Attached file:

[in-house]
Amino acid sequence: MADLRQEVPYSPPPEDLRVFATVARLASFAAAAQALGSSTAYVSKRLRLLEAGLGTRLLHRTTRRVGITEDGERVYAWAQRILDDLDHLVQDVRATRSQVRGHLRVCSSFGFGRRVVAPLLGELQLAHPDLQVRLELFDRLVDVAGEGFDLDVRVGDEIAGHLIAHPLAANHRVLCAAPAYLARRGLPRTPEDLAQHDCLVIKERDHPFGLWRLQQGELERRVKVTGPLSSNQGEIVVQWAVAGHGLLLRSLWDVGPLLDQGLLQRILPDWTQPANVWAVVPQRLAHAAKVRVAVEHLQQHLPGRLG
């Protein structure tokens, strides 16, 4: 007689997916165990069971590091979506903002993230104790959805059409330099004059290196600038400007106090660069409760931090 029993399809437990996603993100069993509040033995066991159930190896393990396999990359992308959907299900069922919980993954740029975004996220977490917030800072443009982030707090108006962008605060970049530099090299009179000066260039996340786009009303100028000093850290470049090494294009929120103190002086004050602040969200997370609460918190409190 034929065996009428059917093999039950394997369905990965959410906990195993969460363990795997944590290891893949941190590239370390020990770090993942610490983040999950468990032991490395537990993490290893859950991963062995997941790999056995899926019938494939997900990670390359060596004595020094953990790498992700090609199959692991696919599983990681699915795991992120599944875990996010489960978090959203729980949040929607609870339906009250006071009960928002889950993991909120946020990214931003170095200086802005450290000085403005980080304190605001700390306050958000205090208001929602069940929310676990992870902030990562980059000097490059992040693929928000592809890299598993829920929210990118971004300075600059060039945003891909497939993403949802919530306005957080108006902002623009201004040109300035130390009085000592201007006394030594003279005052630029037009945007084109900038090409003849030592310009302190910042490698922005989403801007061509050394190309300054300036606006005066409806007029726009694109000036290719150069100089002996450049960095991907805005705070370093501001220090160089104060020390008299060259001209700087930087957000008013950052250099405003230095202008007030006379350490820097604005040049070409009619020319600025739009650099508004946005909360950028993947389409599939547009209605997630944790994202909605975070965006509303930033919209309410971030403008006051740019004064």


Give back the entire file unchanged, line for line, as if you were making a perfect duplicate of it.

[in-house]
Amino acid sequence: MADLRQEVPYSPPPEDLRVFATVARLASFAAAAQALGSSTAYVSKRLRLLEAGLGTRLLHRTTRRVGITEDGERVYAWAQRILDDLDHLVQDVRATRSQVRGHLRVCSSFGFGRRVVAPLLGELQLAHPDLQVRLELFDRLVDVAGEGFDLDVRVGDEIAGHLIAHPLAANHRVLCAAPAYLARRGLPRTPEDLAQHDCLVIKERDHPFGLWRLQQGELERRVKVTGPLSSNQGEIVVQWAVAGHGLLLRSLWDVGPLLDQGLLQRILPDWTQPANVWAVVPQRLAHAAKVRVAVEHLQQHLPGRLG
């Protein structure tokens, strides 16, 4: 007689997916165990069971590091979506903002993230104790959805059409330099004059290196600038400007106090660069409760931090 029993399809437990996603993100069993509040033995066991159930190896393990396999990359992308959907299900069922919980993954740029975004996220977490917030800072443009982030707090108006962008605060970049530099090299009179000066260039996340786009009303100028000093850290470049090494294009929120103190002086004050602040969200997370609460918190409190 034929065996009428059917093999039950394997369905990965959410906990195993969460363990795997944590290891893949941190590239370390020990770090993942610490983040999950468990032991490395537990993490290893859950991963062995997941790999056995899926019938494939997900990670390359060596004595020094953990790498992700090609199959692991696919599983990681699915795991992120599944875990996010489960978090959203729980949040929607609870339906009250006071009960928002889950993991909120946020990214931003170095200086802005450290000085403005980080304190605001700390306050958000205090208001929602069940929310676990992870902030990562980059000097490059992040693929928000592809890299598993829920929210990118971004300075600059060039945003891909497939993403949802919530306005957080108006902002623009201004040109300035130390009085000592201007006394030594003279005052630029037009945007084109900038090409003849030592310009302190910042490698922005989403801007061509050394190309300054300036606006005066409806007029726009694109000036290719150069100089002996450049960095991907805005705070370093501001220090160089104060020390008299060259001209700087930087957000008013950052250099405003230095202008007030006379350490820097604005040049070409009619020319600025739009650099508004946005909360950028993947389409599939547009209605997630944790994202909605975070965006509303930033919209309410971030403008006051740019004064």